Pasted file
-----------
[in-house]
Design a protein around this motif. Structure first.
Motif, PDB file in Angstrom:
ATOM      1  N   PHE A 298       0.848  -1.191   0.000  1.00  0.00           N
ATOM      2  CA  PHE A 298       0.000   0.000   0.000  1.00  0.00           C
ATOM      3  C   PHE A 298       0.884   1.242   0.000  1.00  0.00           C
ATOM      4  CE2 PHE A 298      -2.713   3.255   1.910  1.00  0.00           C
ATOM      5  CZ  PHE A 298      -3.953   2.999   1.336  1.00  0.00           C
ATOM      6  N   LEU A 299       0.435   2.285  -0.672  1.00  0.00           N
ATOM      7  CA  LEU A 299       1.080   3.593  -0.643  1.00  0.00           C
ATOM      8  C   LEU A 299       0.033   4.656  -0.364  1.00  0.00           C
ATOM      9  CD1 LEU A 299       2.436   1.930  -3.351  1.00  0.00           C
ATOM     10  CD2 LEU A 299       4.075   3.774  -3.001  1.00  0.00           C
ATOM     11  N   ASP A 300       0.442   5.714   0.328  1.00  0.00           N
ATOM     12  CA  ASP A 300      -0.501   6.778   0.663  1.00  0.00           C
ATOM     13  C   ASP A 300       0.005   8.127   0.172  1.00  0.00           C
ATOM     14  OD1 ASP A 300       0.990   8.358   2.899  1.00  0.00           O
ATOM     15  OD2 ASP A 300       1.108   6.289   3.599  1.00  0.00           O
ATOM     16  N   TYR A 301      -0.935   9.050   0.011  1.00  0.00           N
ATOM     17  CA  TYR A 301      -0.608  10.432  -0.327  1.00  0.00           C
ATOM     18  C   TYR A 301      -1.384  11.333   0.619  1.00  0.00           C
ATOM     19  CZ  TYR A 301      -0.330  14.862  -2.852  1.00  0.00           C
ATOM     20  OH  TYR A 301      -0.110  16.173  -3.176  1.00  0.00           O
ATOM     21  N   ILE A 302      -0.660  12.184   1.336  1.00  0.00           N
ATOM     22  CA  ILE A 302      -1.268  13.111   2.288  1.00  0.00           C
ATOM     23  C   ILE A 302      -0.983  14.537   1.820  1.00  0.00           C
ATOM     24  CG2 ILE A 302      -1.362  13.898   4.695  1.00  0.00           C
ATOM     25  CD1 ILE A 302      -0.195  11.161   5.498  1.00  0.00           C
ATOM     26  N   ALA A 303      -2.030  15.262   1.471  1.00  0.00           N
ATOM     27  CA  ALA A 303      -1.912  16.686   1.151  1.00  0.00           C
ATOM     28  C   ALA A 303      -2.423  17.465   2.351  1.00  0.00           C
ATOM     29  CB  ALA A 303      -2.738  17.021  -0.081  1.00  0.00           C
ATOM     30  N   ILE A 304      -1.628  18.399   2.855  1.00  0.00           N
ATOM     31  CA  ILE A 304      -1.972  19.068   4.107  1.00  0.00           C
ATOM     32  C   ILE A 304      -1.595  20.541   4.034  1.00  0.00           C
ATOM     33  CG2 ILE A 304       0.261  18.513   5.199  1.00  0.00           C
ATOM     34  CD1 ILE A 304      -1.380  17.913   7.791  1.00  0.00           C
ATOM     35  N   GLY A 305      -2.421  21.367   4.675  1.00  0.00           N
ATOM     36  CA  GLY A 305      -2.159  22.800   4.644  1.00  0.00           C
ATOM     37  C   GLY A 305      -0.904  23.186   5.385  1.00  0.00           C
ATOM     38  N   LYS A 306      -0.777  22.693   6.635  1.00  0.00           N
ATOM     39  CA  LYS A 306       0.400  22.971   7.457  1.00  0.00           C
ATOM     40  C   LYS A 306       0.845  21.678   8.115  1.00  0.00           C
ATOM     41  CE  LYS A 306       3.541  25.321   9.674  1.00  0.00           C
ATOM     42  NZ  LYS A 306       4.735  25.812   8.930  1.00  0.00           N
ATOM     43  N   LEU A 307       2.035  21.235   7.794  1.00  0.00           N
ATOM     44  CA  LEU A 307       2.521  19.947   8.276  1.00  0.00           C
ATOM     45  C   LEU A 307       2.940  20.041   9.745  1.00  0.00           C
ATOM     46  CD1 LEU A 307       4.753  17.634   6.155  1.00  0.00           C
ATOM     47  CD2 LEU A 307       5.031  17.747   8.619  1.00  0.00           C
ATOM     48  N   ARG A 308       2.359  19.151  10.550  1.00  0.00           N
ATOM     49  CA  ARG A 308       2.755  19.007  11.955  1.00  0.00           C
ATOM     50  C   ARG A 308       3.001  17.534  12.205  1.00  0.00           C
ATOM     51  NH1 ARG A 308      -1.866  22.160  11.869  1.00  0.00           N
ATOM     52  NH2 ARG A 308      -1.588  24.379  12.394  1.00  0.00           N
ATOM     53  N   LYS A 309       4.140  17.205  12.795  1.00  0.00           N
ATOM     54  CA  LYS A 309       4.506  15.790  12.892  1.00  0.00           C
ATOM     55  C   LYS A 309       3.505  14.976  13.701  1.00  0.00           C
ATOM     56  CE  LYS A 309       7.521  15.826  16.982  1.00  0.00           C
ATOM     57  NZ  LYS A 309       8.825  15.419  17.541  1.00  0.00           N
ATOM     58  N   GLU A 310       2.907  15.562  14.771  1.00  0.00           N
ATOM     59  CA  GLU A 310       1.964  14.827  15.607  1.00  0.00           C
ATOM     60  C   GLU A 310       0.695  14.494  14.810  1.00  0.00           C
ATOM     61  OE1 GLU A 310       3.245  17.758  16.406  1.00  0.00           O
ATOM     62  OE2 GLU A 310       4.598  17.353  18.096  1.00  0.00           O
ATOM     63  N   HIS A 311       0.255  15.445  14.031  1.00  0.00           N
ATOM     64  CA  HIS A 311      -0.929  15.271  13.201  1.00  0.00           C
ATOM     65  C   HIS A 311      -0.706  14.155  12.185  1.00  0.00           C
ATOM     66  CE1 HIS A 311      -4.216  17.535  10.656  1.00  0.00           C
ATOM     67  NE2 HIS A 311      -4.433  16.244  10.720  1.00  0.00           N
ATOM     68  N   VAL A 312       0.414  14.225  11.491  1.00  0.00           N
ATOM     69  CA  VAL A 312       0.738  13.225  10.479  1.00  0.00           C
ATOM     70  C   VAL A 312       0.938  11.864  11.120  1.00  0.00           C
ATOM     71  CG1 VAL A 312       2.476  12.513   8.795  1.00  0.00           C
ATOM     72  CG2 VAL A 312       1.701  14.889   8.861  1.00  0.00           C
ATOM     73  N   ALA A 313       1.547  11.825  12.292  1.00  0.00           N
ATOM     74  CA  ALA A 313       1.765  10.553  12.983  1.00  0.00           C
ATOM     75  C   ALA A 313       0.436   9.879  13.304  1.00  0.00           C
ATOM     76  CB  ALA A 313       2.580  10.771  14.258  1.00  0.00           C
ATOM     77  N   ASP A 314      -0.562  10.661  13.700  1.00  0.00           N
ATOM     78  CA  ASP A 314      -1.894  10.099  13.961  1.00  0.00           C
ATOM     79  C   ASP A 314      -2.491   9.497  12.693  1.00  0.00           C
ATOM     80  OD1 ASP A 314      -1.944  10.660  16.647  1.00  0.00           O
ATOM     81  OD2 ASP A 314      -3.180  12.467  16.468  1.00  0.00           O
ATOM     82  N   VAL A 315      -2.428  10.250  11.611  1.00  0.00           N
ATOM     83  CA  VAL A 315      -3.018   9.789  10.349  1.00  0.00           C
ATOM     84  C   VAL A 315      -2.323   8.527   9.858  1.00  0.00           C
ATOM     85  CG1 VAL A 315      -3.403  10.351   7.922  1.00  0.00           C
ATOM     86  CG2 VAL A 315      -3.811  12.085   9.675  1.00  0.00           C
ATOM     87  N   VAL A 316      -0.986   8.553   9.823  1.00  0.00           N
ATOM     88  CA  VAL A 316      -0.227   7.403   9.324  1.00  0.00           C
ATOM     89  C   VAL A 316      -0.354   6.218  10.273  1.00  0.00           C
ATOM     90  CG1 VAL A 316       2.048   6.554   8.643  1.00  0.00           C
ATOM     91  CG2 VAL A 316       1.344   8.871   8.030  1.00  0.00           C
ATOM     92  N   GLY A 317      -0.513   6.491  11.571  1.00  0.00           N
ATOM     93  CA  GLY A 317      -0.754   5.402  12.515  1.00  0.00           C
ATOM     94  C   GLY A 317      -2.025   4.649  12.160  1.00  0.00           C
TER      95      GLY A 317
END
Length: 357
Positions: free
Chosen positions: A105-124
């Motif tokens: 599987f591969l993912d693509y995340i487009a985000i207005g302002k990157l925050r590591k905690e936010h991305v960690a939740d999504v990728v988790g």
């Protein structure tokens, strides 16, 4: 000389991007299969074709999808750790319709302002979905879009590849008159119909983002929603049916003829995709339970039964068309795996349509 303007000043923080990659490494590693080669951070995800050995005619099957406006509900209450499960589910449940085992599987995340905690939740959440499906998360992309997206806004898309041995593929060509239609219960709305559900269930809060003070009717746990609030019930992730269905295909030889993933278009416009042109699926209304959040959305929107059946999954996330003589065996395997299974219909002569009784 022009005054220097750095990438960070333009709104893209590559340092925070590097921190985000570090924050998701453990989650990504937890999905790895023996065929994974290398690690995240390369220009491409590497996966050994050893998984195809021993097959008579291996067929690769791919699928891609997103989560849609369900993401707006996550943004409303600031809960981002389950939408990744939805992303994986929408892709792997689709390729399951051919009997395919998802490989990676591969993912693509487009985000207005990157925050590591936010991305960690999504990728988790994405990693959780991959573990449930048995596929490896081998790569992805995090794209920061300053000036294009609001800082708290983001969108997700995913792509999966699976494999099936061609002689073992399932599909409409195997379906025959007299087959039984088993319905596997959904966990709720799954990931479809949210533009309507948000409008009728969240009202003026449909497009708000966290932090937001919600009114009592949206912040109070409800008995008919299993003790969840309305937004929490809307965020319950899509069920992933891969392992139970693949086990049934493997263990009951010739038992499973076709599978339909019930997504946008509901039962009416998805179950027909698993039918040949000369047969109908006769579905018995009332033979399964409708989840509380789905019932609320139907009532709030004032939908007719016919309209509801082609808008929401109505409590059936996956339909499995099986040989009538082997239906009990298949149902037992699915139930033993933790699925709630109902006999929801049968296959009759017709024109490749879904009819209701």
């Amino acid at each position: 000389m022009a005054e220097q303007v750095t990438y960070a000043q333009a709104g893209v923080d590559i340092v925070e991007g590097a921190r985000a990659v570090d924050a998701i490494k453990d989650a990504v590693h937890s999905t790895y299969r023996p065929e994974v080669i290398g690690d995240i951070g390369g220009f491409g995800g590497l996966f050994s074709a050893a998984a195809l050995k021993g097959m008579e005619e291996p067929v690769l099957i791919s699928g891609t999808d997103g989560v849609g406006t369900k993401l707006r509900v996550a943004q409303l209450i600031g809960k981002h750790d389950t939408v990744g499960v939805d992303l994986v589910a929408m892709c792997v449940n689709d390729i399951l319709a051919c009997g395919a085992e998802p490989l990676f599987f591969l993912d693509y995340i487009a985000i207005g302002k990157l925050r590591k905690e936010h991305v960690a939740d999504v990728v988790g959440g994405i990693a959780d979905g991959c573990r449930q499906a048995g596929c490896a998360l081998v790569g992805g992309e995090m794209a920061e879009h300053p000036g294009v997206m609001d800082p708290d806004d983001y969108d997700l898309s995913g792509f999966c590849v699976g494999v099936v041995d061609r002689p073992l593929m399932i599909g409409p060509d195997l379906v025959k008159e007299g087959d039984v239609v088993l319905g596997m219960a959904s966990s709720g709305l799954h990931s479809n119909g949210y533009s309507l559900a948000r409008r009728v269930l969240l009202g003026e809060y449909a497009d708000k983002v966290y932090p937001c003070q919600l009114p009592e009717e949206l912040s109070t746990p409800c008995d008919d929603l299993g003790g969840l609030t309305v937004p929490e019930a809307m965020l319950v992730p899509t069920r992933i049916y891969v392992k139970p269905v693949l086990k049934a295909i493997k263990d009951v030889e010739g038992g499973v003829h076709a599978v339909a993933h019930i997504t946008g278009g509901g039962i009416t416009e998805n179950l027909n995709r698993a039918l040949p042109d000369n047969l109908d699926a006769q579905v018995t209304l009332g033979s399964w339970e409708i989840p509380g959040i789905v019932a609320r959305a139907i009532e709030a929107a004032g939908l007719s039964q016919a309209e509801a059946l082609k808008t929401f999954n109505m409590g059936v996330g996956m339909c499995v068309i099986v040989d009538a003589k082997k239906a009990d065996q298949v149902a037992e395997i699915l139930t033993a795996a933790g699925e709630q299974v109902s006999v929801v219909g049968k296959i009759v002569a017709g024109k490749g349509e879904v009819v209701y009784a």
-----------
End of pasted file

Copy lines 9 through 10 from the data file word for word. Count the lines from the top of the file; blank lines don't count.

ATOM      6  N   LEU A 299       0.435   2.285  -0.672  1.00  0.00           N
ATOM      7  CA  LEU A 299       1.080   3.593  -0.643  1.00  0.00           C